The country’s head of the Maritime Reserves, Commodore Andrew Jameson, has announced that Leeds Royal Navy Reserve unit CERES Division is to be commissioned as a full Royal Navy Reserve (RNR) unit, becoming ‘HMS Ceres’ on 1st September 2015, and its building in Carlton Barracks significantly increased in size.
Currently a satellite unit to HMS Calliope in Newcastle, Ceres will now become a fully autonomous Royal Navy Reserve training establishment, becoming one of only 15 full RNR training establishments in the UK. The commissioning will put HMS Ceres firmly on the map for the Royal Navy in Yorkshire and become one of only three landlocked RNR units in the UK, and recognises the hard work and support from the unit for the Royal Navy in a multitude of roles over the years.
Despite the absence of sea, Leeds has a big affiliation to the Royal Navy and in particular the late HMS Ark Royal, which the city adopted in World War Two and then raised money for to build a new Ark Royal after the original was torpedoed and sunk.
The building occupied by Ceres in Carlton Barracks is being significantly redeveloped to include a brand new two-storey wing and an accommodation block, providing the unit with new training and classroom facilities and 12 permanent bed spaces.
Construction work on the £600,000 development has now commenced by the Reserve Forces’ & Cadets’ Association (RFCA) for Yorkshire and The Humber which is funding and project managing the development, having appointed Illingworth & Gregory as the contractor.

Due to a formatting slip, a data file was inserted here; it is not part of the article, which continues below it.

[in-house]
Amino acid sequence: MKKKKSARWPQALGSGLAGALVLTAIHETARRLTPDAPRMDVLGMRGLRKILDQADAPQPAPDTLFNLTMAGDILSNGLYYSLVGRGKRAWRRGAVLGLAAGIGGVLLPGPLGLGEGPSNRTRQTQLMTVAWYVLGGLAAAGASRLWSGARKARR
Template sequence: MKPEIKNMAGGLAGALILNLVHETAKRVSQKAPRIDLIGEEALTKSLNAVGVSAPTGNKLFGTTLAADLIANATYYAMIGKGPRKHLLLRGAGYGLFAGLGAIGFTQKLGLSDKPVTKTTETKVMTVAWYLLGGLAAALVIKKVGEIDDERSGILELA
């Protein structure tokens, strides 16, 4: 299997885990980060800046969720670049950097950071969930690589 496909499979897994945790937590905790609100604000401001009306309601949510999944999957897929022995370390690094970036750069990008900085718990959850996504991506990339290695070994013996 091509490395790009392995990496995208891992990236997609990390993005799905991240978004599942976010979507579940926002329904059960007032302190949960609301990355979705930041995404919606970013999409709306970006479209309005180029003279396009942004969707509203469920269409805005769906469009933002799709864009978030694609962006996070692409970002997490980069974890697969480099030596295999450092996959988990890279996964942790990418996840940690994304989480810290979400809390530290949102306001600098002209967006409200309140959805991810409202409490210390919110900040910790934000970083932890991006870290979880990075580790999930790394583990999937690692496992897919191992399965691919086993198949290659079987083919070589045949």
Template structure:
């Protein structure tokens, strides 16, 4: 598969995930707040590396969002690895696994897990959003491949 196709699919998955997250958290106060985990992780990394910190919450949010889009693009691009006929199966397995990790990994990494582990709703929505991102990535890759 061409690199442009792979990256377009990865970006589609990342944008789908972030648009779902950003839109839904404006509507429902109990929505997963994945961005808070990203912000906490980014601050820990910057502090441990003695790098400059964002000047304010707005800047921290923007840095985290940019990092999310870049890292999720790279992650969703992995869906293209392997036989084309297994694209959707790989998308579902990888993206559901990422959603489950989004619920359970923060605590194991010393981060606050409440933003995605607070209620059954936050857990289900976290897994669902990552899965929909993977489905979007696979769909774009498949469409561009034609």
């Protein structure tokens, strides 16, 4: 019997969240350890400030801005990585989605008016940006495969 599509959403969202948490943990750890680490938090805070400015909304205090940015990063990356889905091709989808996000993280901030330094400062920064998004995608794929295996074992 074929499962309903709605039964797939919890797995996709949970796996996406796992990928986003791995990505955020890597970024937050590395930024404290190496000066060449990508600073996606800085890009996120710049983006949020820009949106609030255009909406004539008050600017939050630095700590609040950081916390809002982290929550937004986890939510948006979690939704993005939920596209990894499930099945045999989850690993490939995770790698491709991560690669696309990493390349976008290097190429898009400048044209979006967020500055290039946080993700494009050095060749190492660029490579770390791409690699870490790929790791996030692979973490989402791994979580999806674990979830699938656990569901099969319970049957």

Commodore Jameson said: “This decision reflects the fantastic progress that the Unit has made under the careful tutelage of her parent HMS CALLIOPE in Newcastle, and is a clear signal of the confidence that Navy Command has in the Unit’s continued growth. It also recognises the substantial personal efforts that have been evident over the last three years or so, and so I am delighted for those concerned. And of course it is evidence of the growing confidence and authority of the Maritime Reserves more generally.”
Commanding Officer of Ceres, Lieutenant Commander David Noakes, who in his civilian life works as Company Secretary for Marine Towage Company, and has served as a reservist for 26 years, said: “That Ceres is to be commissioned as an independent unit is a testimony to everyone’s hard work and efforts in building Ceres from a new start tender to a credible Navy Reserve training unit. Ceres is well placed and has a strong community ethos and it is this along with everyone’s efforts which have brought Ceres to this position.”
The unit is currently recruiting for more Reservists, with Leading Seaman Hannah Lee from the unit, saying: “We have jobs available for people aged 16-39 with former Royal Navy regular personnel able to join up to the age of 57. Our commitment is just 24 days a year which includes 2 weeks continuous Operational Role Training (ORT). This year we have people deploying to the US, Bahrain, Dubai, Cyprus and Gibraltar and we really enjoy the experience of going to different places as well as continuing our training.
“There are also brilliant opportunities for Adventurous Training like skiing and sailing. It’s an amazing thing to do in your spare time.”
Anyone interested in joining the Royal Navy Reserve in Yorkshire please call 0345 600 3222 or email [email protected]
Work is expected to be completed on the building by October this year, with an official ceremony marking the commissioning of HMS Ceres held in spring 2016.
Picture (L-R) Commodore Jameson, Chief Petty Officer Gurney and Lieutenant Commander Noakes